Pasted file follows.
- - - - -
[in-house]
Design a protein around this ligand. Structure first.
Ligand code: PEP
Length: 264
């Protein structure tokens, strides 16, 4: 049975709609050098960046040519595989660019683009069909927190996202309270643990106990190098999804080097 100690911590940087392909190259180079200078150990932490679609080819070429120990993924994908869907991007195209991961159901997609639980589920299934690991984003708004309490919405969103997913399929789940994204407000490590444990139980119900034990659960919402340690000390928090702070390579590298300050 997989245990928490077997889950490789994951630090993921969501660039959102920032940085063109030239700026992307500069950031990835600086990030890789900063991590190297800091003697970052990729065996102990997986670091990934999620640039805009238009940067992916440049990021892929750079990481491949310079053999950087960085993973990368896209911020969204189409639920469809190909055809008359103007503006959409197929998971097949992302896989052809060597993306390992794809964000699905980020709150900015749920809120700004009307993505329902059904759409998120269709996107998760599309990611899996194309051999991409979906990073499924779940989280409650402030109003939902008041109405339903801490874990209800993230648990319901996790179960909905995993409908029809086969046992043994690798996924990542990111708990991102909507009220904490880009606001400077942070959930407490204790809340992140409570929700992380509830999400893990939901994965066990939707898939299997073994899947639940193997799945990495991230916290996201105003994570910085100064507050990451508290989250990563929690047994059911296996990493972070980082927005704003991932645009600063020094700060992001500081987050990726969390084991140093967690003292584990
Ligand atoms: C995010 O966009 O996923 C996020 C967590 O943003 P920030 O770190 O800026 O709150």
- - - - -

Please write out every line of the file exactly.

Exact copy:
[in-house]
Design a protein around this ligand. Structure first.
Ligand code: PEP
Length: 264
């Protein structure tokens, strides 16, 4: 049975709609050098960046040519595989660019683009069909927190996202309270643990106990190098999804080097 100690911590940087392909190259180079200078150990932490679609080819070429120990993924994908869907991007195209991961159901997609639980589920299934690991984003708004309490919405969103997913399929789940994204407000490590444990139980119900034990659960919402340690000390928090702070390579590298300050 997989245990928490077997889950490789994951630090993921969501660039959102920032940085063109030239700026992307500069950031990835600086990030890789900063991590190297800091003697970052990729065996102990997986670091990934999620640039805009238009940067992916440049990021892929750079990481491949310079053999950087960085993973990368896209911020969204189409639920469809190909055809008359103007503006959409197929998971097949992302896989052809060597993306390992794809964000699905980020709150900015749920809120700004009307993505329902059904759409998120269709996107998760599309990611899996194309051999991409979906990073499924779940989280409650402030109003939902008041109405339903801490874990209800993230648990319901996790179960909905995993409908029809086969046992043994690798996924990542990111708990991102909507009220904490880009606001400077942070959930407490204790809340992140409570929700992380509830999400893990939901994965066990939707898939299997073994899947639940193997799945990495991230916290996201105003994570910085100064507050990451508290989250990563929690047994059911296996990493972070980082927005704003991932645009600063020094700060992001500081987050990726969390084991140093967690003292584990
Ligand atoms: C995010 O966009 O996923 C996020 C967590 O943003 P920030 O770190 O800026 O709150």